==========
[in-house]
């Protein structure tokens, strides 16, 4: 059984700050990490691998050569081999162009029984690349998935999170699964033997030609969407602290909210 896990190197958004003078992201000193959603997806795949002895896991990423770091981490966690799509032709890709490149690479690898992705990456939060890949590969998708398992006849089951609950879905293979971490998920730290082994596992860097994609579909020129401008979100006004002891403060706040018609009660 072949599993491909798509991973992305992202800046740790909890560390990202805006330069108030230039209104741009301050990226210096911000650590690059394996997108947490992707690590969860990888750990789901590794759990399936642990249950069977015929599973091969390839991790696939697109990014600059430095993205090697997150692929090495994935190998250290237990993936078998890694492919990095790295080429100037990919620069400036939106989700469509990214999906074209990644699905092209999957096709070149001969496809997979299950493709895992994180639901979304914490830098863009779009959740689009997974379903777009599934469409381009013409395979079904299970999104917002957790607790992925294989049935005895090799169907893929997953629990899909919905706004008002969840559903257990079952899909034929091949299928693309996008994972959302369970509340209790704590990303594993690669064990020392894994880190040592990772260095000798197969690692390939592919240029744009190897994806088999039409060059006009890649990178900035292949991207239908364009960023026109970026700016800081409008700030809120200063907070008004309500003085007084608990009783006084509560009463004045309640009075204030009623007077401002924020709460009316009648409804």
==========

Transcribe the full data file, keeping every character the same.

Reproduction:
[in-house]
């Protein structure tokens, strides 16, 4: 059984700050990490691998050569081999162009029984690349998935999170699964033997030609969407602290909210 896990190197958004003078992201000193959603997806795949002895896991990423770091981490966690799509032709890709490149690479690898992705990456939060890949590969998708398992006849089951609950879905293979971490998920730290082994596992860097994609579909020129401008979100006004002891403060706040018609009660 072949599993491909798509991973992305992202800046740790909890560390990202805006330069108030230039209104741009301050990226210096911000650590690059394996997108947490992707690590969860990888750990789901590794759990399936642990249950069977015929599973091969390839991790696939697109990014600059430095993205090697997150692929090495994935190998250290237990993936078998890694492919990095790295080429100037990919620069400036939106989700469509990214999906074209990644699905092209999957096709070149001969496809997979299950493709895992994180639901979304914490830098863009779009959740689009997974379903777009599934469409381009013409395979079904299970999104917002957790607790992925294989049935005895090799169907893929997953629990899909919905706004008002969840559903257990079952899909034929091949299928693309996008994972959302369970509340209790704590990303594993690669064990020392894994880190040592990772260095000798197969690692390939592919240029744009190897994806088999039409060059006009890649990178900035292949991207239908364009960023026109970026700016800081409008700030809120200063907070008004309500003085007084608990009783006084509560009463004045309640009075204030009623007077401002924020709460009316009648409804």